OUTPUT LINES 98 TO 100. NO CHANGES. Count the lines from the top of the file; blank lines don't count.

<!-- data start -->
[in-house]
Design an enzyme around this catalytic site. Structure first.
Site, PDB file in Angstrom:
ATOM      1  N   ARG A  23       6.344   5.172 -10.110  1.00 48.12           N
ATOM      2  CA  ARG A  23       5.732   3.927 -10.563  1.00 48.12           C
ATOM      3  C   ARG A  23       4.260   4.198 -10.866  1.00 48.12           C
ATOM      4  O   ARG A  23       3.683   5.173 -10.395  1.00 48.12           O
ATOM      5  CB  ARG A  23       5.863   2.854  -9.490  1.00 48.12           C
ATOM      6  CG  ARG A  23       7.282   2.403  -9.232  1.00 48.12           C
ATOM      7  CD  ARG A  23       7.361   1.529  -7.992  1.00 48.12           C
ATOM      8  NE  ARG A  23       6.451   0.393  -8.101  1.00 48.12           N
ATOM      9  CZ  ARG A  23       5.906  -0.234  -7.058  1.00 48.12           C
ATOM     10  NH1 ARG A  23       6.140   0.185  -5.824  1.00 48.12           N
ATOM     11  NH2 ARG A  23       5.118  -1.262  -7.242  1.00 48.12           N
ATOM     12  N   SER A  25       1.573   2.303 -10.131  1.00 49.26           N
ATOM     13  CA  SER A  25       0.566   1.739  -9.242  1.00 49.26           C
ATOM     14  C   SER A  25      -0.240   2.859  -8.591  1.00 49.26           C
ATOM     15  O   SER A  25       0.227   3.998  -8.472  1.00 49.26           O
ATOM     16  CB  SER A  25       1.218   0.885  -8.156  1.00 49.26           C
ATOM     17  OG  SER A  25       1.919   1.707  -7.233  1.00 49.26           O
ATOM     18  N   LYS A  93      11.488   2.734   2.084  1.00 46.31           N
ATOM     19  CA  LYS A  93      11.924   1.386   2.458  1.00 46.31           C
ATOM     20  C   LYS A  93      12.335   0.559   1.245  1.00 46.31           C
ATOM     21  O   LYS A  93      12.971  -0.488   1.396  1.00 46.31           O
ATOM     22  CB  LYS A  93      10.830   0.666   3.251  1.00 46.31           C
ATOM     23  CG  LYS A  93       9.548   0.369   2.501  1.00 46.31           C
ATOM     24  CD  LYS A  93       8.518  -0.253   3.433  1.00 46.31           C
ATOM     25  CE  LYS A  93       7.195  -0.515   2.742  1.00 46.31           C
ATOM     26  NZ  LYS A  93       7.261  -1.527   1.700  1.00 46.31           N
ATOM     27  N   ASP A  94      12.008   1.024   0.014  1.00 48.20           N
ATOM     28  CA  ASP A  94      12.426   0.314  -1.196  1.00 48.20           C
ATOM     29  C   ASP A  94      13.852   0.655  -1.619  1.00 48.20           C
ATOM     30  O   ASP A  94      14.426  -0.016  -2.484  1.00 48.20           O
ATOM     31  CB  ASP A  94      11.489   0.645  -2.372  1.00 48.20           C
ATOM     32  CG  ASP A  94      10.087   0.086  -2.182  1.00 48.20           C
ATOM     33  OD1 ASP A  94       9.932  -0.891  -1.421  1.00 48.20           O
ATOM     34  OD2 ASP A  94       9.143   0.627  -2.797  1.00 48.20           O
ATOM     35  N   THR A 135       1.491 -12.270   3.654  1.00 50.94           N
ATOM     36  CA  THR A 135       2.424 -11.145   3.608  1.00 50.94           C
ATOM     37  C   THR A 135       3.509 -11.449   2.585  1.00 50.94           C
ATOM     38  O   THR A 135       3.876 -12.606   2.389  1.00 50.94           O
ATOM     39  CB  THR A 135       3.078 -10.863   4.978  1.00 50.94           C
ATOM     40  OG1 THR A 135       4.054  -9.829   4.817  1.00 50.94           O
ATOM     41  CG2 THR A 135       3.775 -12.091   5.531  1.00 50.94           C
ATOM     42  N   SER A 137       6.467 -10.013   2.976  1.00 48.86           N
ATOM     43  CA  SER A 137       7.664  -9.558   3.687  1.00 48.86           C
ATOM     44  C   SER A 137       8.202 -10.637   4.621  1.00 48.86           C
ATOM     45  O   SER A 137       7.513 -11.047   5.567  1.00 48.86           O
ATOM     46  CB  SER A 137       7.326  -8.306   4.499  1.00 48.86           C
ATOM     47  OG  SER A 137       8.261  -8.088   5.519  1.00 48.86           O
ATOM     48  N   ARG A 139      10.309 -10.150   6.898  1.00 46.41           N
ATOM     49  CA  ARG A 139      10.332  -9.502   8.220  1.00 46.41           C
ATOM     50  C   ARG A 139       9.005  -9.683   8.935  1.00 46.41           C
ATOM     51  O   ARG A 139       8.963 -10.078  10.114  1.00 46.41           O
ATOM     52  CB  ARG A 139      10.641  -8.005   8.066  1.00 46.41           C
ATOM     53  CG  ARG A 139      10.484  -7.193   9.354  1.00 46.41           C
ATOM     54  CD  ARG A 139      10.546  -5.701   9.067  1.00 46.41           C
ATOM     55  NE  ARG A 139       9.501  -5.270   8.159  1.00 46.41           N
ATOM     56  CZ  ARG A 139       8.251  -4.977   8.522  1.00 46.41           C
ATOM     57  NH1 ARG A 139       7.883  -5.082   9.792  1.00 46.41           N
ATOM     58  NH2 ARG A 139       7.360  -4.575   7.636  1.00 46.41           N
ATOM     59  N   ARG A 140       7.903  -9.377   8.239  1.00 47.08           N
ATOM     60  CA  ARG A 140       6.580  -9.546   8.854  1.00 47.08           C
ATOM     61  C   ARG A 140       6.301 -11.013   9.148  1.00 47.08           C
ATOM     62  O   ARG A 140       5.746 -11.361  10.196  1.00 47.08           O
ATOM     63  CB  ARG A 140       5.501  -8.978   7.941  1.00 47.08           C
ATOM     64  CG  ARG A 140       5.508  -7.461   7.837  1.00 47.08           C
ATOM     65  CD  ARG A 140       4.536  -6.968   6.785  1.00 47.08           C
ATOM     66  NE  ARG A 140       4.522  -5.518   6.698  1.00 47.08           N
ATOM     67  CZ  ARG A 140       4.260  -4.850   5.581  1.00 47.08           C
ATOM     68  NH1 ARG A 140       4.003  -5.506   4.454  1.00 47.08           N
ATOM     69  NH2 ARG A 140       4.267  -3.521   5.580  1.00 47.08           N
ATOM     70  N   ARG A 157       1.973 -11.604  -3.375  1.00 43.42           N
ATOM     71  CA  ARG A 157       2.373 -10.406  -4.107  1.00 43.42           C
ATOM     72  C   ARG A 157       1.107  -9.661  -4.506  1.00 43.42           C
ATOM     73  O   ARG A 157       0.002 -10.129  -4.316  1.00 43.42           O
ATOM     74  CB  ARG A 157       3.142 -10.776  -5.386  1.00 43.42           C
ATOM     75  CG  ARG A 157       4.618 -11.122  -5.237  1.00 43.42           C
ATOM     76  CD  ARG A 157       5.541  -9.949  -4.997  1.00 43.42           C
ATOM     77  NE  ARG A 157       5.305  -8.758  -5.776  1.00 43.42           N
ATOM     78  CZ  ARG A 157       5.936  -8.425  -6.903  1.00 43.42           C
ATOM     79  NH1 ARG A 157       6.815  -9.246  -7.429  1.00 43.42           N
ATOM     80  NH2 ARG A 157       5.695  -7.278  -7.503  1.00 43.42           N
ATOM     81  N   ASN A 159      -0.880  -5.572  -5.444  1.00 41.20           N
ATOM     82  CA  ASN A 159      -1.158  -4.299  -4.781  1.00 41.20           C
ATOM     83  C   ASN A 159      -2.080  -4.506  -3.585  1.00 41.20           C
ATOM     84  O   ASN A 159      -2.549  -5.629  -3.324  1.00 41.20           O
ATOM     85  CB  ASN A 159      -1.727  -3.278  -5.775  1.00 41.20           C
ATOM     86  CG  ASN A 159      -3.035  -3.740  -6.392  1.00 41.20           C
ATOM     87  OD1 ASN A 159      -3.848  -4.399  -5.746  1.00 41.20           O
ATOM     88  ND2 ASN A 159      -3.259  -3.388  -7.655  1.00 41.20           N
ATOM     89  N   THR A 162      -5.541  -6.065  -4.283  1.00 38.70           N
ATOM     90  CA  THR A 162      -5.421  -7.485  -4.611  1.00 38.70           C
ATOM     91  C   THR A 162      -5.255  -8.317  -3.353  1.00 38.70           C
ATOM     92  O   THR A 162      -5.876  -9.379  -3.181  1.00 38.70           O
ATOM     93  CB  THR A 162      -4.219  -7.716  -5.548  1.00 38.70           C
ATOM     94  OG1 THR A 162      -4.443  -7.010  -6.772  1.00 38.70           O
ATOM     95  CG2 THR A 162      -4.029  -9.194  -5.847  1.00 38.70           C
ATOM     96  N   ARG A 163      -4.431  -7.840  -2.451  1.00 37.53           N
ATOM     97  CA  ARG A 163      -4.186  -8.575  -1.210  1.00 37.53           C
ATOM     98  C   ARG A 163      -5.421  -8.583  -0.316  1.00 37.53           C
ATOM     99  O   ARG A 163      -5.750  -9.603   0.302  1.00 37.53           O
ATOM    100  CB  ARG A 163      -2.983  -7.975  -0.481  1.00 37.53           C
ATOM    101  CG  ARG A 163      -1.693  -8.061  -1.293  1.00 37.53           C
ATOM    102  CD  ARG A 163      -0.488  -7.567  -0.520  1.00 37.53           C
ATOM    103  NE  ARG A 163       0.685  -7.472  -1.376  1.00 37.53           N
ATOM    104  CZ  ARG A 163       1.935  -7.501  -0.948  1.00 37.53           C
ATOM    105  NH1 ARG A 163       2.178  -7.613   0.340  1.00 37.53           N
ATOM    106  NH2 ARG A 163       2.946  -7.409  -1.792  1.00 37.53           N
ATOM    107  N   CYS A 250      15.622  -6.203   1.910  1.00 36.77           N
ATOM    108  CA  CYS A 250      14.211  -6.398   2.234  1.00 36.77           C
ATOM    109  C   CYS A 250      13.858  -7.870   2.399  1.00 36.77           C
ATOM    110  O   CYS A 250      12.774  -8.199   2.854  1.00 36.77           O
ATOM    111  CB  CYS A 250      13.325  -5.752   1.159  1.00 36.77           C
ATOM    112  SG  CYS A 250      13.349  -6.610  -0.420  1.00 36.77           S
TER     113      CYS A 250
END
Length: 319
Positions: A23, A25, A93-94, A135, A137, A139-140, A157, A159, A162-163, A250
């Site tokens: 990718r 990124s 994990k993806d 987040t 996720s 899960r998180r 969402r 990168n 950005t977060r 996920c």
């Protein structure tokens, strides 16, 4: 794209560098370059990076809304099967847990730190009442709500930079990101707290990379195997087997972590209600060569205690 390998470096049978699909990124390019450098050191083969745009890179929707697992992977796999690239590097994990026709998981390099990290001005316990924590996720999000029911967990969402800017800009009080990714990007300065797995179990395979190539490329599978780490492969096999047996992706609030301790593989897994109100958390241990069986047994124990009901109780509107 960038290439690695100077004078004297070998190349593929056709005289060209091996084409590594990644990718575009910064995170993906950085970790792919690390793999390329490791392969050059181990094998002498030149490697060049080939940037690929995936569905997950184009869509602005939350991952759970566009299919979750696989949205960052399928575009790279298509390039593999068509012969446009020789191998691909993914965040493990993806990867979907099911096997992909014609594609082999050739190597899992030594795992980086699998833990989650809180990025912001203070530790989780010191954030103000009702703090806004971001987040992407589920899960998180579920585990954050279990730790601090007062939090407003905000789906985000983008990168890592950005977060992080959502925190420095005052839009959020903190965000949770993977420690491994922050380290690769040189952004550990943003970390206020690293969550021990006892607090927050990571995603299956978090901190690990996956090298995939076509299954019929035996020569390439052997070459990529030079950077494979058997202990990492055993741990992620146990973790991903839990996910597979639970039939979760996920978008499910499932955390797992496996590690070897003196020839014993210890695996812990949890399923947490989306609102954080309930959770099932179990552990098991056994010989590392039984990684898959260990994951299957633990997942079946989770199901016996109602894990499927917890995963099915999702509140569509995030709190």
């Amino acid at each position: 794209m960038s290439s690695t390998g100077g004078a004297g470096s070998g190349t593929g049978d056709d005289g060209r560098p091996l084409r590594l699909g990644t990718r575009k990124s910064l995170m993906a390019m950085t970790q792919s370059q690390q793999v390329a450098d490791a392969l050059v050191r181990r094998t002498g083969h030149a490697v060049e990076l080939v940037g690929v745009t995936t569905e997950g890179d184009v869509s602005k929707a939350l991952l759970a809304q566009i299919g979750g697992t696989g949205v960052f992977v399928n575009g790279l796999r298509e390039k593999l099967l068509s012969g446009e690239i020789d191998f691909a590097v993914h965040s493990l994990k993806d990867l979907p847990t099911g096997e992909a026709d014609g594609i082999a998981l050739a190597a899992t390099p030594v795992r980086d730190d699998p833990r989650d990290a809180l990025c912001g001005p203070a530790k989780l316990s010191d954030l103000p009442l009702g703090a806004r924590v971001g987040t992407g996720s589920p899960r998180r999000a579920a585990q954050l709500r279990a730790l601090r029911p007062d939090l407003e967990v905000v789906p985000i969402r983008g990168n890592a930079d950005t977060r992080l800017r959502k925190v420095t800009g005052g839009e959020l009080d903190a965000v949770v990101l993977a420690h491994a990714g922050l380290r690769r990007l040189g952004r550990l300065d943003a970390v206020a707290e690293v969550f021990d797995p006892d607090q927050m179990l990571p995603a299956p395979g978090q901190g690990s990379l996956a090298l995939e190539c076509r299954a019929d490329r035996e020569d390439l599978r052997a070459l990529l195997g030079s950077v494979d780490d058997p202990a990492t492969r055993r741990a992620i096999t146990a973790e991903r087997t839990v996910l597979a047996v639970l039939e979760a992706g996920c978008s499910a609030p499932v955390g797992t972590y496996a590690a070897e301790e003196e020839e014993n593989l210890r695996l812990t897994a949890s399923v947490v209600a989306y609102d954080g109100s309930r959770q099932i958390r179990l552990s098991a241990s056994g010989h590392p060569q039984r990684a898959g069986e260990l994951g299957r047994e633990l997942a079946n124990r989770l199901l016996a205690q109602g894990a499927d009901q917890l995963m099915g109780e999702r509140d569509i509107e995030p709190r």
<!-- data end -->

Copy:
ATOM     95  CG2 THR A 162      -4.029  -9.194  -5.847  1.00 38.70           C
ATOM     96  N   ARG A 163      -4.431  -7.840  -2.451  1.00 37.53           N
ATOM     97  CA  ARG A 163      -4.186  -8.575  -1.210  1.00 37.53           C